Medina is a city in the Hejaz region of western Saudi Arabia, and serves as the capital of the Al Madinah Province. It is the second holiest city in Islam, and the burial place of Muhammad. It was also the place where Muhammad and his followers left after attacks against them in Mecca, now known as the Hijrah.

Overview Medina currently has a population of more than 1,300,000 people (2006). It was originally known as Yathrib which was founded by Jewish refugees who fled the aftermath of the war with the Romans, but later the city's name was changed to Madīnat al-Nabī "city of the prophet". Medina is celebrated for containing the mosque of Muhammad, and so ranks as the second holiest city of Islam, after Mecca. Medina is 210 miles north of Mecca and about 120 mi from the Red Sea coast. It is situated in the most fertile part of all the Hejaz territory, the streams of the vicinity tending to converge in this locality. An immense plain extends to the south; in every direction the view is bounded by hills and mountains.

The city forms an oval, surrounded by a strong wall, 30 to 40 feet high, that dates from the 12th century C.E., and is flanked with towers, while on a rock, stands a castle. Of its four gates, the Bab-al-Salam, or Egyptian gate, is remarkable for its beauty. Beyond the walls of the city, west and south are suburbs consisting of low houses, yards, gardens ,and plantations. These suburbs have also walls and gates.

Al-Masjid al-Nabawi (Mosque of the prophet) stands at the east of the city and resembles the mosque at Mecca on a smaller scale. Its courtyard is almost 500 ft. in length, the dome is high with three picturesque minarets . The tomb of Muhammad, who wafat (past away) and was buried here in 632 C.E., is enclosed with a screen of iron filigree, at the south side of which the hajji goes through his devotions, for all of which he pays, but is consoled with the assurance that one prayer here is as good as a thousand elsewhere. [2]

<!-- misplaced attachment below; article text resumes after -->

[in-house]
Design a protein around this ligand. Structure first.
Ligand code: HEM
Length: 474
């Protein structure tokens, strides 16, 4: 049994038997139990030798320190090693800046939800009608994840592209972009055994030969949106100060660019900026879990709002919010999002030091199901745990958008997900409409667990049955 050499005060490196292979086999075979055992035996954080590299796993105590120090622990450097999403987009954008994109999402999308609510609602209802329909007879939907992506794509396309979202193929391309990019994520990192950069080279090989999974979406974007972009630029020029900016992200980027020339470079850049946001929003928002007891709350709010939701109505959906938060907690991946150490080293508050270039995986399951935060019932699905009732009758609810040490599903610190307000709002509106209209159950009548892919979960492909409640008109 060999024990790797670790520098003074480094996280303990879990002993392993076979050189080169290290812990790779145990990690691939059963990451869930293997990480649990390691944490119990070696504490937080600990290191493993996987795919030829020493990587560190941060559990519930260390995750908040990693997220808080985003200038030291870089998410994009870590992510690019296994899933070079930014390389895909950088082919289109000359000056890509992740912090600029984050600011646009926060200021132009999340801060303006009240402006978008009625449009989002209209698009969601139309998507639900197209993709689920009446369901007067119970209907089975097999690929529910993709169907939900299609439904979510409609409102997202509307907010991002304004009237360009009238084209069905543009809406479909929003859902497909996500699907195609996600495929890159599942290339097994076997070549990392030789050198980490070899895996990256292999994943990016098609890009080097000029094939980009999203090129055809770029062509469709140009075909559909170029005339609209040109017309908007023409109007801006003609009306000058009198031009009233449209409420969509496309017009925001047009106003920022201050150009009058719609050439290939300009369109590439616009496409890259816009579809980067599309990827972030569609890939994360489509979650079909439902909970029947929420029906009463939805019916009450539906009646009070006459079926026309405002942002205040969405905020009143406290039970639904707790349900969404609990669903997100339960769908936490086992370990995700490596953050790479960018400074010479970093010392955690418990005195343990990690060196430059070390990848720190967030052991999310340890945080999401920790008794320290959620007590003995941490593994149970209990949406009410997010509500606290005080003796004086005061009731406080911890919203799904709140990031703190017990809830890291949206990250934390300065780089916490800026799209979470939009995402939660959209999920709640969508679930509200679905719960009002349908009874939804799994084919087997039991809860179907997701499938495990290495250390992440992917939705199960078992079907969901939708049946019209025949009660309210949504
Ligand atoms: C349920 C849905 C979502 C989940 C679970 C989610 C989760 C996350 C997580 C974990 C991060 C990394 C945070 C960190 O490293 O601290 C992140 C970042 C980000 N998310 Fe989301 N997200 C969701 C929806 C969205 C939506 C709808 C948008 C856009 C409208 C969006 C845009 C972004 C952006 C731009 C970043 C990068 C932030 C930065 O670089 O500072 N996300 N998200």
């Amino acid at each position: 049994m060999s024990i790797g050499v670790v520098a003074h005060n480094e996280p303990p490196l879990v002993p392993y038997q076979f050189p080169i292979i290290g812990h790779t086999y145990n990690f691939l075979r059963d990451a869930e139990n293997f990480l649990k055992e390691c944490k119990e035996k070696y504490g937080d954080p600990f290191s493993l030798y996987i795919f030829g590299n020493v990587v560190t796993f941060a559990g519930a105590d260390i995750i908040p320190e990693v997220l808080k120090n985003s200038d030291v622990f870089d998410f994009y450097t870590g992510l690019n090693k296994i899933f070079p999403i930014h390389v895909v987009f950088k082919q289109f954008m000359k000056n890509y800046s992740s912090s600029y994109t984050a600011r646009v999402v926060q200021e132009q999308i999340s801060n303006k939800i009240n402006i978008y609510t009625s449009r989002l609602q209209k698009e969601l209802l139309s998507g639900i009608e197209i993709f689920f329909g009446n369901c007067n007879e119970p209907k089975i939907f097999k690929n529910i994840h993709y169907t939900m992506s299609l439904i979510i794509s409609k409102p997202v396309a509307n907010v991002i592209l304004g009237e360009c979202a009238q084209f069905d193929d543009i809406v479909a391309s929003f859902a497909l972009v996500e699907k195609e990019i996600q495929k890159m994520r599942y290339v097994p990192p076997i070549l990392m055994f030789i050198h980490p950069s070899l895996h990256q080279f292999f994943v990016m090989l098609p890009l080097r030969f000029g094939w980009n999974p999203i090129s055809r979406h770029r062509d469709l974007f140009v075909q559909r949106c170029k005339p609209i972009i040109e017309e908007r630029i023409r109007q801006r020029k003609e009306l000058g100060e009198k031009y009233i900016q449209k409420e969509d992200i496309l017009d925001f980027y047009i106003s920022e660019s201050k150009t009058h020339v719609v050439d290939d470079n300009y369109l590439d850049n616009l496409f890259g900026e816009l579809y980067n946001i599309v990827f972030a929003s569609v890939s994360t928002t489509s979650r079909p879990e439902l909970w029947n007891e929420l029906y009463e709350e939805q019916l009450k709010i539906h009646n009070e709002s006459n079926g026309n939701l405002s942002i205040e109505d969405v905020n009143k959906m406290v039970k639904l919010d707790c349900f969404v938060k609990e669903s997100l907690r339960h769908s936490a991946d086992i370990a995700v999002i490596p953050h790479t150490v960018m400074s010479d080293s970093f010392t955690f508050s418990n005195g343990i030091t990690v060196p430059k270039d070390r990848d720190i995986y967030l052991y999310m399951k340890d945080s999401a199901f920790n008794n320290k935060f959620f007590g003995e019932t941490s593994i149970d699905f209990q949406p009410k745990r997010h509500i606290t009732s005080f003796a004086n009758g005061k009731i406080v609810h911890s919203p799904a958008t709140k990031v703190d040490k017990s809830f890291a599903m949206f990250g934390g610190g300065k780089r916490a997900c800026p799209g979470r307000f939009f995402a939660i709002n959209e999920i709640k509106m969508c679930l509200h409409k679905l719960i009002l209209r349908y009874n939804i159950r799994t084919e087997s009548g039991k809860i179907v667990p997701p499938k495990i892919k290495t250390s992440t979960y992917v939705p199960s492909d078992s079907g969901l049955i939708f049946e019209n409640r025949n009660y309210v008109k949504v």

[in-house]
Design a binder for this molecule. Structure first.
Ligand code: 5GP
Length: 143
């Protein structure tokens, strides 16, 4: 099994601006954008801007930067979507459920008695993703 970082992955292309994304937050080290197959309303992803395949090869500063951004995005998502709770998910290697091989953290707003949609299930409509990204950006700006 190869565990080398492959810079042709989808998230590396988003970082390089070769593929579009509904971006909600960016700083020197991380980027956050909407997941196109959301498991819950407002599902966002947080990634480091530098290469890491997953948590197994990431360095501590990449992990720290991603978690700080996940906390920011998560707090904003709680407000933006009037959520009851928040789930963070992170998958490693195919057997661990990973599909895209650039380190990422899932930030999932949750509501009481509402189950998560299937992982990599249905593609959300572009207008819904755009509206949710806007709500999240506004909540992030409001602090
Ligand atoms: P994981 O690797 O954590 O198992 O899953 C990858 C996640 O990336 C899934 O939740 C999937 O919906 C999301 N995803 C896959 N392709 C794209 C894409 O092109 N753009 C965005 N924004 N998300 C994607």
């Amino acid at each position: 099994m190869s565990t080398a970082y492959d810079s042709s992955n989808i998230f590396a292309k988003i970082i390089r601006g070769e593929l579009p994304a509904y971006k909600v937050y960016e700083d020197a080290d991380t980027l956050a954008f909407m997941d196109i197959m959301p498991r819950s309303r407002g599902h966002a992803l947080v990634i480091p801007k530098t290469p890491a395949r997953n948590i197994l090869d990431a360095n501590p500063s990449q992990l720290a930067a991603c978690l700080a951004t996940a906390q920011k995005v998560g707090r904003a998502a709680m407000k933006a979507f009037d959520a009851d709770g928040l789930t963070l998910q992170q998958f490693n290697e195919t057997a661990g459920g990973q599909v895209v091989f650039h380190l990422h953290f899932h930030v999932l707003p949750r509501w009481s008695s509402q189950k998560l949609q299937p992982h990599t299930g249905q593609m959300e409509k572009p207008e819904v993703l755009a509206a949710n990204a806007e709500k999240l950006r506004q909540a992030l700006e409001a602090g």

The tombs of Fatimah (Muhammad's daughter) and Abu Bakr (first caliph and the father of Muhammad's wife, Aisha), and of Umar (Umar ibn Khattab), the second caliph, are also here. The mosque dates back to the time of Muhammad, but has been twice burned and reconstructed.

Medina 's religious significance in Islam Medina 's importance as a religious site derives from the presence of the 'Tomb of Prophet Muhammad'. The mosque was built on a site adjacent to Muhammad's home, and as Muslims believe that prophets must be buried at the very same place they leave this mortal world, Muhammad was thus buried in his house. The tomb later became part of the mosque when it was expanded by the Umayyad Caliph Al-Walid I. The first mosque of Islam is also located in Medina and is known as Masjid Quba, (the Quba Mosque). It was destroyed by lightning, probably about 850 C.E., and the graves were almost forgotten. In 892 the place was cleared up, the tombs located and a fine mosque built, which was destroyed by fire in 1257 C.E. and almost immediately rebuilt. It was restored by Qaitbay, the Egyptian ruler, in 1487.

Like Mecca, the city of Medina only permits Muslims to enter, although the haram (area closed to non-Muslims) of Medina is much smaller than that of Mecca, with the result that many facilities on the outskirts of Medina are open to non-Muslims, whereas in Mecca the area closed to non-Muslims extends well beyond the limits of the built-up area. Both cities' numerous mosques are the destination for large numbers of Muslims on their Hajj (annual pilgrimage). Hundreds of thousands of Muslims come to Medina annually to visit the 'Tomb of Prophet' and to worship at mosques in a unified celebration. Muslims believe that praying once in the Mosque of the Prophet is equal to praying at least 1000 times in any other mosque.

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